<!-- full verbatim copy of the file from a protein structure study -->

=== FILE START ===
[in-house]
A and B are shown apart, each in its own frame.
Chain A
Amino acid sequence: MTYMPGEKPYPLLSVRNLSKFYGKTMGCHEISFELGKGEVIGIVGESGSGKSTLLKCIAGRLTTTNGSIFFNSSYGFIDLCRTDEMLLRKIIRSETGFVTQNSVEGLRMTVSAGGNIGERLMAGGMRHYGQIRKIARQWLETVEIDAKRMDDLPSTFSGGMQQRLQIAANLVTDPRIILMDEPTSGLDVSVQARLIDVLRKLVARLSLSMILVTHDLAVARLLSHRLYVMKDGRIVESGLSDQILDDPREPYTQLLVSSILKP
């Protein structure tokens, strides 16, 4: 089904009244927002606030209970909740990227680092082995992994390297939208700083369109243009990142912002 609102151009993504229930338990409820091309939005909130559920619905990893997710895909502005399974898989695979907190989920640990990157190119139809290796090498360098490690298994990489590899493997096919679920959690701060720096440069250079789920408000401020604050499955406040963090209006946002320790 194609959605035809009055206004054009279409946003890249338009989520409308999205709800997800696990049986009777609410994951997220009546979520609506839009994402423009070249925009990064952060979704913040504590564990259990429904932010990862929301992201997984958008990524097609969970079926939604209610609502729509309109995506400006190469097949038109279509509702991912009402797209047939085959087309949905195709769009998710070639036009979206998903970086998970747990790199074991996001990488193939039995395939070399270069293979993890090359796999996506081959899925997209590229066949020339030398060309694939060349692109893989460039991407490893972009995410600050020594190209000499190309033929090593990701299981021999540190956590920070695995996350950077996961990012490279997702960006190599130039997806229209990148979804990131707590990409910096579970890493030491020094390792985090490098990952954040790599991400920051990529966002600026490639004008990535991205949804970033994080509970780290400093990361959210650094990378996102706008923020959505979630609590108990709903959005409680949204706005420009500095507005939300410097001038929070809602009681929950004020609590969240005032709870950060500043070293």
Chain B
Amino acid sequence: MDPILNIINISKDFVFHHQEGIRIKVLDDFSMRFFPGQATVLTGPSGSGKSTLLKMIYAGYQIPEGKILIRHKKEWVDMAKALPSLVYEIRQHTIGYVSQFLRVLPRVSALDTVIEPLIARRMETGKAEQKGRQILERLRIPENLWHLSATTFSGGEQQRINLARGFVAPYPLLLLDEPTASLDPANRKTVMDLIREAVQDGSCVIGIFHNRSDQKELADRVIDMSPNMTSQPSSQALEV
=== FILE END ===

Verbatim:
[in-house]
A and B are shown apart, each in its own frame.
Chain A
Amino acid sequence: MTYMPGEKPYPLLSVRNLSKFYGKTMGCHEISFELGKGEVIGIVGESGSGKSTLLKCIAGRLTTTNGSIFFNSSYGFIDLCRTDEMLLRKIIRSETGFVTQNSVEGLRMTVSAGGNIGERLMAGGMRHYGQIRKIARQWLETVEIDAKRMDDLPSTFSGGMQQRLQIAANLVTDPRIILMDEPTSGLDVSVQARLIDVLRKLVARLSLSMILVTHDLAVARLLSHRLYVMKDGRIVESGLSDQILDDPREPYTQLLVSSILKP
């Protein structure tokens, strides 16, 4: 089904009244927002606030209970909740990227680092082995992994390297939208700083369109243009990142912002 609102151009993504229930338990409820091309939005909130559920619905990893997710895909502005399974898989695979907190989920640990990157190119139809290796090498360098490690298994990489590899493997096919679920959690701060720096440069250079789920408000401020604050499955406040963090209006946002320790 194609959605035809009055206004054009279409946003890249338009989520409308999205709800997800696990049986009777609410994951997220009546979520609506839009994402423009070249925009990064952060979704913040504590564990259990429904932010990862929301992201997984958008990524097609969970079926939604209610609502729509309109995506400006190469097949038109279509509702991912009402797209047939085959087309949905195709769009998710070639036009979206998903970086998970747990790199074991996001990488193939039995395939070399270069293979993890090359796999996506081959899925997209590229066949020339030398060309694939060349692109893989460039991407490893972009995410600050020594190209000499190309033929090593990701299981021999540190956590920070695995996350950077996961990012490279997702960006190599130039997806229209990148979804990131707590990409910096579970890493030491020094390792985090490098990952954040790599991400920051990529966002600026490639004008990535991205949804970033994080509970780290400093990361959210650094990378996102706008923020959505979630609590108990709903959005409680949204706005420009500095507005939300410097001038929070809602009681929950004020609590969240005032709870950060500043070293």
Chain B
Amino acid sequence: MDPILNIINISKDFVFHHQEGIRIKVLDDFSMRFFPGQATVLTGPSGSGKSTLLKMIYAGYQIPEGKILIRHKKEWVDMAKALPSLVYEIRQHTIGYVSQFLRVLPRVSALDTVIEPLIARRMETGKAEQKGRQILERLRIPENLWHLSATTFSGGEQQRINLARGFVAPYPLLLLDEPTASLDPANRKTVMDLIREAVQDGSCVIGIFHNRSDQKELADRVIDMSPNMTSQPSSQALEV